Subtask B: Storage


Seasonal Thermal Energy Storage Seasonal Thermal Energy Storage
Report on state of the art and necessary further R+D
June 2015 - PDF 11.43MB
By: Dick Mangold and Laure Deschaintre
Publisher: IEA Task 49
The technology of large scale seasonal thermal energy storage (STES) has been investigated in Europe since the middle of the 70's. First demonstration plants were realized in Sweden in 1978/79 based on results of a national research program.
Seasonal Borehole Thermal Energy Storage – Guidelines for Design & Construction Seasonal Borehole Thermal Energy Storage – Guidelines for Design & Construction
IEA-SHC INFO SHEET 45.B.3.1
February 2015 - PDF 0.24MB
By: Bruce Sibbitt and Doug McClenahan
Borehole thermal energy storage (BTES), which is also referred to as duct storage, has been successfully used for seasonal heat storage in a number of large solar systems. Some of these systems utilize a heat pump to upgrade the stored energy to the load temperature while others use the stored heat directly without upgrading. Borehole thermal energy storages have also been used for storing cold. BTES use the heat capacity in a large volume of native soil to store thermal energy underground. The soil itself is a very good medium for large heat storage systems since it is no-cost, already on-site, involves minimal excavation, is non-toxic and has a reasonable heat capacity. Much of the cost of a BTES is in the heat exchanger used to transfer heat to and from the soil, the drilling of boreholes in which to install the heat exchanger and in the insulation which is placed over the top of the store. For smaller storages (up to 5 000 m3) typically an insulated steel tank is used but for large storages a BTES can be considerably cheaper per unit volume of water-equivalent storage.
Seasonal Borehole Thermal Energy Storage – Guidelines for design & construction Seasonal Borehole Thermal Energy Storage – Guidelines for design & construction
IEA-SHC TECH SHEET 45.B.3.1
February 2015 - PDF 1.37MB
By: Bruce Sibbitt and Doug McClenahan
Borehole thermal energy storage (BTES), which is also referred to as duct storage, has been successfully used for seasonal heat storage in a number of large solar systems. Some of these systems utilize a heat pump to upgrade the stored energy to the load temperature while others use the stored heat directly without upgrading. Borehole thermal energy storages have also been used for storing cold.

BTES use the heat capacity in a large volume of native soil to store thermal energy underground. The soil itself is a very good medium for large heat storage systems since it is no-cost, already on-site, involves minimal excavation, is non-toxic and has a reasonable heat capacity. Much of the cost of a BTES is in the heat exchanger used to transfer heat to and from the soil, the drilling of boreholes in which to install the heat exchanger and in the insulation which is placed over the top of the store. For smaller storages (up to 5 000 m3) typically an insulated steel tank is used but for large storages a BTES can be considerably cheaper per unit volume of water-equivalent storage.

The purpose of this document is to provide useful guidelines for BTES design and implementation including information on how BTES performance and solar system performance are affected by a wide range of soil properties and by the shape of the BTES field, in terms of the ratio of its diameter to its depth. This information can be beneficial to the designer since in the early stages of system planning and design, soil conditions and water table depth are often unknown. In all cases, it is assumed that a BTES would not be utilized if there is a significant water movement through the bore field since the result would likely be unacceptably high heat loss.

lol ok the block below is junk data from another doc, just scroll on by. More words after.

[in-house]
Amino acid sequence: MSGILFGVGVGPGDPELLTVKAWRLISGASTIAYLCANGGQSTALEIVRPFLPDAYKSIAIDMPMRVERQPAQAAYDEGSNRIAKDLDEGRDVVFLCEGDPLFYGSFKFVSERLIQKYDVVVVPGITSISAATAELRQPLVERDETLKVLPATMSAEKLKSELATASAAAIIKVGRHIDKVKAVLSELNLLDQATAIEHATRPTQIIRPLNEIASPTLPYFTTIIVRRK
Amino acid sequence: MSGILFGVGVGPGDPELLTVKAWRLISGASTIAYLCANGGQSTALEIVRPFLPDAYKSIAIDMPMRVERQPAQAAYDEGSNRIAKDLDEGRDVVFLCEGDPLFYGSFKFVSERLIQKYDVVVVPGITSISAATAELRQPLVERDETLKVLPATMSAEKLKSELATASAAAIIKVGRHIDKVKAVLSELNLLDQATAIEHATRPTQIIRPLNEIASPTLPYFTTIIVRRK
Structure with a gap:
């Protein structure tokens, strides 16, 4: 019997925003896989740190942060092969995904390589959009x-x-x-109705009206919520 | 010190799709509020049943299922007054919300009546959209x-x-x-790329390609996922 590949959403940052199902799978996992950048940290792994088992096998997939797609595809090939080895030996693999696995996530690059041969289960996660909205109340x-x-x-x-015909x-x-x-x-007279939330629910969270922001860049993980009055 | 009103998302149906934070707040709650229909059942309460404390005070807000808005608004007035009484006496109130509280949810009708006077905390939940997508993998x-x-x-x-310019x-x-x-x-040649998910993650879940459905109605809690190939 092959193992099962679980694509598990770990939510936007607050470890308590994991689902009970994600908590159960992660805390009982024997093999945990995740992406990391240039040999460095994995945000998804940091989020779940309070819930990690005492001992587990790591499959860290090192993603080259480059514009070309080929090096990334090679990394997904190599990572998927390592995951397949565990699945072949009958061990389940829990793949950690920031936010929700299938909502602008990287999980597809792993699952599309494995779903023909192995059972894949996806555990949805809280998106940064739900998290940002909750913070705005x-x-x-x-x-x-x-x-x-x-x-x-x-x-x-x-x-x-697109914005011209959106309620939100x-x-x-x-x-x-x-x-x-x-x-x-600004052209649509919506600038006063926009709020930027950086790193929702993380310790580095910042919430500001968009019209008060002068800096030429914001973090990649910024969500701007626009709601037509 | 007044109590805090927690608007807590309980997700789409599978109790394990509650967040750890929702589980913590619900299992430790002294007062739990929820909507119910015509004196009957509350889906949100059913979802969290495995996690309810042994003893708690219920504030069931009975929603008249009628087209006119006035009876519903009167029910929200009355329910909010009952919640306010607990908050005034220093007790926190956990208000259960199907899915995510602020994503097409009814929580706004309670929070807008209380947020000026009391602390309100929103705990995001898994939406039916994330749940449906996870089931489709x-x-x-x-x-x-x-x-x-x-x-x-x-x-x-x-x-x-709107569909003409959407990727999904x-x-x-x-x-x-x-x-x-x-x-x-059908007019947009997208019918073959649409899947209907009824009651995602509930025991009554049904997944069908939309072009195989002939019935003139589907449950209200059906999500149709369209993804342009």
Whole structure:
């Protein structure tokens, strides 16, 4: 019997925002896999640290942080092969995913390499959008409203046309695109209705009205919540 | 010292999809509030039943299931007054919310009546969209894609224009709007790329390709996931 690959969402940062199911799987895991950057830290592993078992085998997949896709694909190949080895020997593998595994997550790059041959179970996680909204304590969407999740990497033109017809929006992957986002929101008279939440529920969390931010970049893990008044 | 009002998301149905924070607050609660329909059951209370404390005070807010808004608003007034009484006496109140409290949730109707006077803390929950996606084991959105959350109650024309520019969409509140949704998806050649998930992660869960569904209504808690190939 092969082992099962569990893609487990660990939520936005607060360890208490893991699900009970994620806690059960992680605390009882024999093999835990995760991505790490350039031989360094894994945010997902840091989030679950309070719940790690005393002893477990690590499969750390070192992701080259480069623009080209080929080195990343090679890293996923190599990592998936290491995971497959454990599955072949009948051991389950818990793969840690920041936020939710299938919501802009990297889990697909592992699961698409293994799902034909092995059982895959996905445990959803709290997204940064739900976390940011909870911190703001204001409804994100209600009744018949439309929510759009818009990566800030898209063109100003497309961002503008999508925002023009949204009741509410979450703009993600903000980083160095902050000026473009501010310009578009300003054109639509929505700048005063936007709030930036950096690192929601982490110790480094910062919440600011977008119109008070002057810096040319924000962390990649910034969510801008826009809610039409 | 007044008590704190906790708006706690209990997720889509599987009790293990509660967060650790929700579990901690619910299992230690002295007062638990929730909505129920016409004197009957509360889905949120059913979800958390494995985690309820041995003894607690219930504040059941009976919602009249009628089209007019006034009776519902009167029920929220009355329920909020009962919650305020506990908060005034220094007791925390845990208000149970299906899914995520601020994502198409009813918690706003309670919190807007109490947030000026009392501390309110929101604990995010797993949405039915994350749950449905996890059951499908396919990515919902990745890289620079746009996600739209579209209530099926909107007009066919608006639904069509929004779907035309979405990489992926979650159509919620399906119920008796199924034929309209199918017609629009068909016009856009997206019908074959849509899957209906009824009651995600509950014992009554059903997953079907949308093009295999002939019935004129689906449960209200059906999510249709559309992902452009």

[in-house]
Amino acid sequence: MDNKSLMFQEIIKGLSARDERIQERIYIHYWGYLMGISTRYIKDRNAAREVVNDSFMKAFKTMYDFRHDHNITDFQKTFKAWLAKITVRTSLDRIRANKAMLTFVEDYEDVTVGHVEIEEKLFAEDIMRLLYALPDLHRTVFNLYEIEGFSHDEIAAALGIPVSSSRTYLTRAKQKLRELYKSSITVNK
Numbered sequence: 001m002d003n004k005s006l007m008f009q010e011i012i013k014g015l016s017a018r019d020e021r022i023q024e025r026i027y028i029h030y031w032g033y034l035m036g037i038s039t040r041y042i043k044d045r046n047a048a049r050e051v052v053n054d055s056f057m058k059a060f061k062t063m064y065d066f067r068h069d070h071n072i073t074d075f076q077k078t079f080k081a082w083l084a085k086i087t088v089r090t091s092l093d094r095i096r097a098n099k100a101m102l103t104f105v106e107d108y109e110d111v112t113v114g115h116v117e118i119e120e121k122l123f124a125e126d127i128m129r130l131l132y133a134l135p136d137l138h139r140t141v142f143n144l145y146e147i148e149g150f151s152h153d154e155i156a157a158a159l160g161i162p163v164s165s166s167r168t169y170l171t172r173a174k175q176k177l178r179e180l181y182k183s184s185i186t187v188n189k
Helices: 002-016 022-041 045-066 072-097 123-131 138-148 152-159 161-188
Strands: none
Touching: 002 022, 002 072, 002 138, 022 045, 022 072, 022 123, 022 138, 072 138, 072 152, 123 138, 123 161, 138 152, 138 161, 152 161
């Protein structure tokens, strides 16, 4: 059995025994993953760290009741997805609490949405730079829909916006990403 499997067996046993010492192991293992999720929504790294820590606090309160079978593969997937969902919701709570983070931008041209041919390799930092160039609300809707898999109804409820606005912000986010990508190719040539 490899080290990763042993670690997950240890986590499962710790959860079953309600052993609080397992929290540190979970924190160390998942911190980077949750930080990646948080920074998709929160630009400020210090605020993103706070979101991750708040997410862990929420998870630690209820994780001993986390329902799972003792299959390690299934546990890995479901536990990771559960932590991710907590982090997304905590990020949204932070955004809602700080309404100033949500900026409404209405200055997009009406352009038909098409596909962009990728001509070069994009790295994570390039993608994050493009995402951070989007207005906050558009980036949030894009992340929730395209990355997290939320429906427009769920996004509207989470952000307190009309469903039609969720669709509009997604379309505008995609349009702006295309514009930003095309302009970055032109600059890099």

The sensitivity results in this Tech Sheet are based on more than 1000 TRNSYS simulations of solar systems designed to meet a large fraction of the heating load at supply temperatures that are less than 40 C for most of the winter and always less than 55 C, without heat pumps. However, the results may also provide guidance for systems using heat pumps and those with higher delivery temperatures. The same systems were also simulated in 5 different Canadian climates.
Seasonal pit heat storages - Guidelines for Materials & Construction Seasonal pit heat storages - Guidelines for Materials & Construction
IEA-SHC INFO SHEET 45.B.3.2
February 2015 - PDF 0.33MB
Seasonal pit heat storages has been investigated and implemented in Denmark both as pilot storages and latest also as full scale storages in Dronninglund (SUNSTORE 3) and Marstal (SUNSTORE 4). The guidelines are based on the experience from the design and implementation of the Danish pit heat storages.
Seasonal Pit Heat Storages - Guidelines for Materials & Construction Seasonal Pit Heat Storages - Guidelines for Materials & Construction
IEA-SHC TECH SHEET 45.B.3.2
February 2015 - PDF 2.47MB
By: Morten Vang Jensen
Seasonal heat storages in connection to large scale solar plants for district heating has been investigated and implemented in Denmark. For full scale systems the storages has been made as pit thermal energy storages (pit heat storages). In addition to this a borehole thermal energy storage has been implemented as a pilot plant. This fact sheet is a design guideline for pit heat storages based on experience from the design and implementation of the Danish pit heat storages.

In principle a pit heat storage is a large water reservoir for storing of thermal energy. Water is an excellent medium for heat storing as it is cheap, non-toxic and has a high heat capacity. The cost of a water storage mainly consists of the parts surrounding the water: A watertight tank and a thermal insulation. For smaller storages (up to 5 000 m3) typically an insulated steel tank is used but for larger storages a pit heat storage is considerably cheaper per m3 water (app. 1/4 of a steel tank).